Octopus behaviour 17 Dec 2009Posted by cat64fish in Tales from the N2 bar.
Tags: behaviour, Indonesia, marine life, musings
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Encountered and interesting article in the papers yesterday about an octopus species in Indonesia that uses coconut shells as protection (Octopus builds its own shelter, Straits Times, 16 Dec 2009), and saw other articles on it in the WildSingapore blog.
I was amazed that such behaviour was considered “new”, as this had been observed for a long time down at Lembeh (North Sulawesi). The local dive guides call the octopus the “coconut octopus”, for its rather quaint habit of hiding under coconut shells. I guess, from the reports, that the octopus is actually used to using clam shells, but have turned to the more common and abundant coconut shells that litter many of the dives sites in Lembeh.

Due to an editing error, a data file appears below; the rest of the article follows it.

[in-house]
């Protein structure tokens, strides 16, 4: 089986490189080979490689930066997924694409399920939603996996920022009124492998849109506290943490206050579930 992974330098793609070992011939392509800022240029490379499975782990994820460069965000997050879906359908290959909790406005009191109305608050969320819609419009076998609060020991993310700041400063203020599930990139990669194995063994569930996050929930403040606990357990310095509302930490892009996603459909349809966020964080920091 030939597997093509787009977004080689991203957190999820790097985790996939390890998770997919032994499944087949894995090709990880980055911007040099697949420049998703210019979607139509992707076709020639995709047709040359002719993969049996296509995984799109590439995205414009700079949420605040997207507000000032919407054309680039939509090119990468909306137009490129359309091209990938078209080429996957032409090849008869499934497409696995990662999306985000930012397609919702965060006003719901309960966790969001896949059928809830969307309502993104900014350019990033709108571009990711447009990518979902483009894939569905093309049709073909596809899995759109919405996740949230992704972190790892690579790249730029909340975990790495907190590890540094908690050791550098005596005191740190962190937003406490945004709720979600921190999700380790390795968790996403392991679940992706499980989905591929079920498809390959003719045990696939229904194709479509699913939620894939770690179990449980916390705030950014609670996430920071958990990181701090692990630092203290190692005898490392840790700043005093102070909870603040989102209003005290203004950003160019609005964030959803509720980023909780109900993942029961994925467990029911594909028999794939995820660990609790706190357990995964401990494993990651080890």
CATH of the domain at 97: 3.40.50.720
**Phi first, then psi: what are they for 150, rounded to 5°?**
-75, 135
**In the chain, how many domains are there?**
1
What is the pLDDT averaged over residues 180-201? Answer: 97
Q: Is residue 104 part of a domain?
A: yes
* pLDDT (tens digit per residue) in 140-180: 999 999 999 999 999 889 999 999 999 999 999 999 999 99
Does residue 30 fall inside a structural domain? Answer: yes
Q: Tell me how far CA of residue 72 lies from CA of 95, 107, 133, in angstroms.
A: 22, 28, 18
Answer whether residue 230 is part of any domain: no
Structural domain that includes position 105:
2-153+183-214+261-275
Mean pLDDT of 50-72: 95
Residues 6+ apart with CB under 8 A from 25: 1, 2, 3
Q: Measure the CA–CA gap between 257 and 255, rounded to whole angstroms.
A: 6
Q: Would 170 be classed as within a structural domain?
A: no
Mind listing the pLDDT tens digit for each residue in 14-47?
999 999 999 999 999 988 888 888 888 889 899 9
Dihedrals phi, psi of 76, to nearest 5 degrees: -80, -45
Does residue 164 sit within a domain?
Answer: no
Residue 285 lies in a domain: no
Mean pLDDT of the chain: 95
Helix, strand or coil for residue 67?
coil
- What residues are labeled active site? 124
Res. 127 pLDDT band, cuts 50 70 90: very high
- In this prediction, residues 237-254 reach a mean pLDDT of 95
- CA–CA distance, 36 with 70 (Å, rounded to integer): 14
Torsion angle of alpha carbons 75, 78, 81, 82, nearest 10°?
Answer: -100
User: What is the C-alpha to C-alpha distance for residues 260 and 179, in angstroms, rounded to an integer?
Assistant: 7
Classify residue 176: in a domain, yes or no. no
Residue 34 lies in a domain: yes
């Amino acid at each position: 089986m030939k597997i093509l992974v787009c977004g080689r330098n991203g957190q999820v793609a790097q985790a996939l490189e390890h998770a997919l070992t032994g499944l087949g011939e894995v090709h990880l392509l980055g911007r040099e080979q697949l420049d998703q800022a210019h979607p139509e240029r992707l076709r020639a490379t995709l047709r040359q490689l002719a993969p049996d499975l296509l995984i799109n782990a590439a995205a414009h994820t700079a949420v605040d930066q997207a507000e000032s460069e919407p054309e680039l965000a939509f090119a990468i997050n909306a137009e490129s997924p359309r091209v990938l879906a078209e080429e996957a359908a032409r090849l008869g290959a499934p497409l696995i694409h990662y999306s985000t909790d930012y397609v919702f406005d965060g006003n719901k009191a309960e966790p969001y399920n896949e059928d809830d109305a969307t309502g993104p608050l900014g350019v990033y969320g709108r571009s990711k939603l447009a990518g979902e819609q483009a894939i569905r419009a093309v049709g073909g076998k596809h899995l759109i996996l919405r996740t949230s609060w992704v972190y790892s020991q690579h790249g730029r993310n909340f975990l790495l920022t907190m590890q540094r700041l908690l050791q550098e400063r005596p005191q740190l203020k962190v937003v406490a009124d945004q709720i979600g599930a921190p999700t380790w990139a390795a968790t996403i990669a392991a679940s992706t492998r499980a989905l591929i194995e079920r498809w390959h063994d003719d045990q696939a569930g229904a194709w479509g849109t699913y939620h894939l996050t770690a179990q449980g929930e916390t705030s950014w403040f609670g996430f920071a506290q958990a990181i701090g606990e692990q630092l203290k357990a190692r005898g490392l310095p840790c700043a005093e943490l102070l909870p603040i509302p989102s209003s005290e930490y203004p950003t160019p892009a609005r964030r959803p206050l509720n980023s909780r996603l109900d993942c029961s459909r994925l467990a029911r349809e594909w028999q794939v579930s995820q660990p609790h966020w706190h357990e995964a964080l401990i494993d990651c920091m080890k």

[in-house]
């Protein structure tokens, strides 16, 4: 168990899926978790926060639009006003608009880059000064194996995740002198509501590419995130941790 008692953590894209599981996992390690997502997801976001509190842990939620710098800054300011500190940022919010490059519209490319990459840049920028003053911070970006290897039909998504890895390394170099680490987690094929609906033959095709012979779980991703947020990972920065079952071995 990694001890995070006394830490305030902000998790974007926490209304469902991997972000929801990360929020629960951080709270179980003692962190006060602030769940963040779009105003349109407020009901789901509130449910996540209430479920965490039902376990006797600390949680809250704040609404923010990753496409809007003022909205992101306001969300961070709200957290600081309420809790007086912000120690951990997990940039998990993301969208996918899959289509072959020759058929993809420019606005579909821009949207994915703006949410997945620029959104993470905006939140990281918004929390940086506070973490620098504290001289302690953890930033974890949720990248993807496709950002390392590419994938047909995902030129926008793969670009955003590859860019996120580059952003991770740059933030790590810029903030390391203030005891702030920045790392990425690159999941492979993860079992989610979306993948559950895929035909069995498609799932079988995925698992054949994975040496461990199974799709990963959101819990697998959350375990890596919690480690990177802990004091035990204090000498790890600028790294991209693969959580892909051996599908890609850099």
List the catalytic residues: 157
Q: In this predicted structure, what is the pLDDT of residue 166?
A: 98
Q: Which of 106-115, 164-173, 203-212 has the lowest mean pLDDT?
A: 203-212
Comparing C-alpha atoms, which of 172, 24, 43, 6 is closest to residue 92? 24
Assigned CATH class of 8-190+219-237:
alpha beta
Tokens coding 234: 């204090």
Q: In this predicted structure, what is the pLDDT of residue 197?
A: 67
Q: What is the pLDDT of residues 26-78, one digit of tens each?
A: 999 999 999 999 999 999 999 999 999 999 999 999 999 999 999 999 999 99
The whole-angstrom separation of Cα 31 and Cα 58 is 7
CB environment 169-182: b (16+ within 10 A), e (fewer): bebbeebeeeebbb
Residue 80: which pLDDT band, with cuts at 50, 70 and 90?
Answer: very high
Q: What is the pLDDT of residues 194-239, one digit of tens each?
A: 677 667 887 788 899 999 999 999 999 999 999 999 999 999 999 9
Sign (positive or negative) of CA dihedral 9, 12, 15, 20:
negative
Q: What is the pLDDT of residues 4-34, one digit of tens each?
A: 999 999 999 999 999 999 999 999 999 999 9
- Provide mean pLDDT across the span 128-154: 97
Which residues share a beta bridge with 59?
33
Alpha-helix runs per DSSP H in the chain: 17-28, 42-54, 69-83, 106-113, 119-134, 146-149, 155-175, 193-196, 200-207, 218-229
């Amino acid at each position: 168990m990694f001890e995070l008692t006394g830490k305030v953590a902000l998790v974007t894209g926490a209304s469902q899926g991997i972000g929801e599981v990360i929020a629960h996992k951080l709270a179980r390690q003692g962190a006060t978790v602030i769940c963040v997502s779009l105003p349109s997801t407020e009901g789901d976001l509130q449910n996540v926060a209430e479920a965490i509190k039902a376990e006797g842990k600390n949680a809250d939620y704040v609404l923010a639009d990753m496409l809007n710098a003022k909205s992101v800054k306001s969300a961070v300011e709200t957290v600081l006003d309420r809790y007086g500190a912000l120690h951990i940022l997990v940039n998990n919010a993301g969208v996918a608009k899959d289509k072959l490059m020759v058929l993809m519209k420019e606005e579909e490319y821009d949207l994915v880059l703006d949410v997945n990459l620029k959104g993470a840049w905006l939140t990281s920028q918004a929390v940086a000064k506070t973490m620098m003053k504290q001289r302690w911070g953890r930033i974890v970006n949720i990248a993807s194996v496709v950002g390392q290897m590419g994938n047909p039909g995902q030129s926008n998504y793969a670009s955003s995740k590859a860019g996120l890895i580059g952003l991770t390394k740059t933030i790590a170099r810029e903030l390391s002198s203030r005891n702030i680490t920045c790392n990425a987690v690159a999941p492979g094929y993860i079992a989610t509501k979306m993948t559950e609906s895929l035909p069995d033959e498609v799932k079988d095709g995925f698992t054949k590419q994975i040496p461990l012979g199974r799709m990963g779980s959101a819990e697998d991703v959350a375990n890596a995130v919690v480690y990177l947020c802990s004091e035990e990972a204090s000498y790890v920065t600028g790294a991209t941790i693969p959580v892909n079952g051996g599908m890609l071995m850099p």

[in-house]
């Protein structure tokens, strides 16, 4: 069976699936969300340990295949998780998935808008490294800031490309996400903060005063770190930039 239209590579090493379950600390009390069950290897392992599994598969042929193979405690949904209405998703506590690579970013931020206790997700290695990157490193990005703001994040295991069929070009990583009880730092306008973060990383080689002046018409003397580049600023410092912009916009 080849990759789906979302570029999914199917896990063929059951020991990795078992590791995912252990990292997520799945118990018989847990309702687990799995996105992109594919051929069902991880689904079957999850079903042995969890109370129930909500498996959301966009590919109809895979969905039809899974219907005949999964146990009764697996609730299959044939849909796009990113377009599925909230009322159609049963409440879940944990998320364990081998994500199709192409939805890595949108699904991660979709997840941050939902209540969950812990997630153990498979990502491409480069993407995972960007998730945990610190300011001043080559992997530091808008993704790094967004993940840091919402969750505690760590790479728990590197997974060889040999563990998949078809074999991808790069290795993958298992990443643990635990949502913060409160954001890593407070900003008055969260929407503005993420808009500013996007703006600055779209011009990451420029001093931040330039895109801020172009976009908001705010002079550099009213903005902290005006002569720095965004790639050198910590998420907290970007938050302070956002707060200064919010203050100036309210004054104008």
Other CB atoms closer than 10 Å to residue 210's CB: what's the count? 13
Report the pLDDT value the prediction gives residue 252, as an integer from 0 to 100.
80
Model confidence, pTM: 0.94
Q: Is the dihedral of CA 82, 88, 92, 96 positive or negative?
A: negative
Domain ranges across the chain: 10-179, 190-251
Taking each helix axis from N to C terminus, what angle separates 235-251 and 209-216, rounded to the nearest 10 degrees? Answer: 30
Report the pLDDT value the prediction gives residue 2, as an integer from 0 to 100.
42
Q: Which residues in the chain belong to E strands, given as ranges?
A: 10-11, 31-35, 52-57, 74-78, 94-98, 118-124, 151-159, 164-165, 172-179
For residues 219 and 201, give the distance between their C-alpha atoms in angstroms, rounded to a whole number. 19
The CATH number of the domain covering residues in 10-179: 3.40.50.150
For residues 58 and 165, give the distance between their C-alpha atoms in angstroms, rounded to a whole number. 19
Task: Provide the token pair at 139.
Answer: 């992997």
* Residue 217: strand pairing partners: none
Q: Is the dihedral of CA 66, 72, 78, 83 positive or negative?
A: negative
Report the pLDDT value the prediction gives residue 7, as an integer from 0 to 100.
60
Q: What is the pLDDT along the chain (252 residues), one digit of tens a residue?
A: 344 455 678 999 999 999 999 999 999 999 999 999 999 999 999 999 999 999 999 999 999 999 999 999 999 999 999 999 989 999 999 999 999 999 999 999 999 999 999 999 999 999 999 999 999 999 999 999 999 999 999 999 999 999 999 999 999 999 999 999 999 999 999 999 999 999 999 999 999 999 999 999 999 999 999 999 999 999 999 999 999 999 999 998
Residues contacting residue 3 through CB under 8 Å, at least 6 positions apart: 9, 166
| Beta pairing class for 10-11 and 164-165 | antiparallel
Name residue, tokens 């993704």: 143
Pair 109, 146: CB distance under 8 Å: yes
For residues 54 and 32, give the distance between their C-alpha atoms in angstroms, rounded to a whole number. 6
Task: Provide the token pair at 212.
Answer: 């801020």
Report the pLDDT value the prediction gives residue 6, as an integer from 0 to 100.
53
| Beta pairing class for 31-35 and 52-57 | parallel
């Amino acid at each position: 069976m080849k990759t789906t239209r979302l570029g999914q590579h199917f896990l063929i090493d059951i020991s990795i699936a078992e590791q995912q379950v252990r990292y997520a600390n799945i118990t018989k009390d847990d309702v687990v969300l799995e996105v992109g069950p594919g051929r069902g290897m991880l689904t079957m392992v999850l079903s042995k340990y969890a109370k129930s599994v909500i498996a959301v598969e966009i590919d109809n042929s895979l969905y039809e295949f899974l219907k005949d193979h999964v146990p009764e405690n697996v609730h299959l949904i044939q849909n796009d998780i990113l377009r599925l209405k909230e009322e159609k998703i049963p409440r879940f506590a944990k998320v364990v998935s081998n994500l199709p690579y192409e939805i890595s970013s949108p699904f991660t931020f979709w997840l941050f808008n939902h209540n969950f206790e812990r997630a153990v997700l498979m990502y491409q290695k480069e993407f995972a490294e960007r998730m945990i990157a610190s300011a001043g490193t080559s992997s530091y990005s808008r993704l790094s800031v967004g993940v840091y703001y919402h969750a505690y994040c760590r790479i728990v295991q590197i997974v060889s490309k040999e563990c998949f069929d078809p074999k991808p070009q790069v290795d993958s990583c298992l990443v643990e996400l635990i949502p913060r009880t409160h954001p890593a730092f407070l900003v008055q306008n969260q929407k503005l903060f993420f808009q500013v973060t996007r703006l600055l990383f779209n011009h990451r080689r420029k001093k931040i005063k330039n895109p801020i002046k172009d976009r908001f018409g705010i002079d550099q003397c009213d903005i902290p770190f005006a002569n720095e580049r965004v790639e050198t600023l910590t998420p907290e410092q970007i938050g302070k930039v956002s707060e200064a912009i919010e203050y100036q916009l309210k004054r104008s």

I was in Lembeh just last week, and observed and photographed some of the behaviour described in the articles, although I am not sure if it is the same species of octopus.
The octopus almost “stilt-walking”, without the coconut shells in tow, of course.
The octopus trying to use a bottle to hide under – or maybe to bash the photographer harassing it!
I wonder, though, if this is *really* the first indication of invertebrates using tools? What about the humble hermit crab, that uses discarded marine snail shells as protection?
The mighty hermit crab who carries his house where it goes (I bet there is a sink in there too!). This one evens gives anemones a ride!
Or, for that matter, what about the spider crabs (below)?
The original sponge bob!
The “Halimeda algae” crab, also from Lembeh.
The “sea fern hydroid” crab from Rajah Ampat.
Maybe these crabs can also be classified as “new” observations to support the use of tools by invertebrates? I wonder what else we see commonly and take for granted that is new to science, and shed some light onto the way these creatures survive.
There is still so much we do not know!!